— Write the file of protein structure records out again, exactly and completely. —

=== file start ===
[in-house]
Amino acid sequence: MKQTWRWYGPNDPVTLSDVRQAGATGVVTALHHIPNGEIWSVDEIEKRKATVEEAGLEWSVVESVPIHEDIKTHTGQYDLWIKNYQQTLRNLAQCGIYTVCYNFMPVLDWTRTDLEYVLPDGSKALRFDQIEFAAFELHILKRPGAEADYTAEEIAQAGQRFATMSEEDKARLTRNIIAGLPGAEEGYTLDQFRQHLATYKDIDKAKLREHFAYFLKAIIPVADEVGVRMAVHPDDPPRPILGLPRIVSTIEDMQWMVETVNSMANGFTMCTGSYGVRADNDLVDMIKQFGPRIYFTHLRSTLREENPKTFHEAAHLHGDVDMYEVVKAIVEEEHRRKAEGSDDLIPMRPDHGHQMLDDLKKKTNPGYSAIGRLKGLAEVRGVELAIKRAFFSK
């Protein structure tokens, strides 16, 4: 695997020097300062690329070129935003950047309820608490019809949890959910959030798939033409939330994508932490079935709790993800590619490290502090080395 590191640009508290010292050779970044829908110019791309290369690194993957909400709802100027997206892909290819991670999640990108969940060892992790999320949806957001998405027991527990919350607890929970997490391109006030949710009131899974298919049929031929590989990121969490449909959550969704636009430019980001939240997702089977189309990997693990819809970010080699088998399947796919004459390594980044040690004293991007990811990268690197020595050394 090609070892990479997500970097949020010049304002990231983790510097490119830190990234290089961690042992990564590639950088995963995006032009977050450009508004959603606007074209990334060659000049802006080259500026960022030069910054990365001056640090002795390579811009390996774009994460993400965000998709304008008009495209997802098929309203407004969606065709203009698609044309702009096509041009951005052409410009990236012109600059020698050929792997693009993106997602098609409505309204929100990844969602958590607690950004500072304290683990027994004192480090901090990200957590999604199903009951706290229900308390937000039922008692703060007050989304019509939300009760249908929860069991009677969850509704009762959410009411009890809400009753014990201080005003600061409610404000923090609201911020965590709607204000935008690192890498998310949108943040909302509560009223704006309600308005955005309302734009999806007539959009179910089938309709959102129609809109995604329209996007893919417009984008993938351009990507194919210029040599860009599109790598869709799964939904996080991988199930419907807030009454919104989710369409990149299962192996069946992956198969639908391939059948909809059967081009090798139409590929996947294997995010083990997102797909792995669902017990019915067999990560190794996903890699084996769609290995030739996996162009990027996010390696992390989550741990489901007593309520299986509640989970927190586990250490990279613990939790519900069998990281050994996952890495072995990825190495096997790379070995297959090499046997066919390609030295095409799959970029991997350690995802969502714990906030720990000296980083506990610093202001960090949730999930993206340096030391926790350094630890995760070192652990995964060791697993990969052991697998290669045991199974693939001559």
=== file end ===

[in-house]
Amino acid sequence: MKQTWRWYGPNDPVTLSDVRQAGATGVVTALHHIPNGEIWSVDEIEKRKATVEEAGLEWSVVESVPIHEDIKTHTGQYDLWIKNYQQTLRNLAQCGIYTVCYNFMPVLDWTRTDLEYVLPDGSKALRFDQIEFAAFELHILKRPGAEADYTAEEIAQAGQRFATMSEEDKARLTRNIIAGLPGAEEGYTLDQFRQHLATYKDIDKAKLREHFAYFLKAIIPVADEVGVRMAVHPDDPPRPILGLPRIVSTIEDMQWMVETVNSMANGFTMCTGSYGVRADNDLVDMIKQFGPRIYFTHLRSTLREENPKTFHEAAHLHGDVDMYEVVKAIVEEEHRRKAEGSDDLIPMRPDHGHQMLDDLKKKTNPGYSAIGRLKGLAEVRGVELAIKRAFFSK
């Protein structure tokens, strides 16, 4: 695997020097300062690329070129935003950047309820608490019809949890959910959030798939033409939330994508932490079935709790993800590619490290502090080395 590191640009508290010292050779970044829908110019791309290369690194993957909400709802100027997206892909290819991670999640990108969940060892992790999320949806957001998405027991527990919350607890929970997490391109006030949710009131899974298919049929031929590989990121969490449909959550969704636009430019980001939240997702089977189309990997693990819809970010080699088998399947796919004459390594980044040690004293991007990811990268690197020595050394 090609070892990479997500970097949020010049304002990231983790510097490119830190990234290089961690042992990564590639950088995963995006032009977050450009508004959603606007074209990334060659000049802006080259500026960022030069910054990365001056640090002795390579811009390996774009994460993400965000998709304008008009495209997802098929309203407004969606065709203009698609044309702009096509041009951005052409410009990236012109600059020698050929792997693009993106997602098609409505309204929100990844969602958590607690950004500072304290683990027994004192480090901090990200957590999604199903009951706290229900308390937000039922008692703060007050989304019509939300009760249908929860069991009677969850509704009762959410009411009890809400009753014990201080005003600061409610404000923090609201911020965590709607204000935008690192890498998310949108943040909302509560009223704006309600308005955005309302734009999806007539959009179910089938309709959102129609809109995604329209996007893919417009984008993938351009990507194919210029040599860009599109790598869709799964939904996080991988199930419907807030009454919104989710369409990149299962192996069946992956198969639908391939059948909809059967081009090798139409590929996947294997995010083990997102797909792995669902017990019915067999990560190794996903890699084996769609290995030739996996162009990027996010390696992390989550741990489901007593309520299986509640989970927190586990250490990279613990939790519900069998990281050994996952890495072995990825190495096997790379070995297959090499046997066919390609030295095409799959970029991997350690995802969502714990906030720990000296980083506990610093202001960090949730999930993206340096030391926790350094630890995760070192652990995964060791697993990969052991697998290669045991199974693939001559």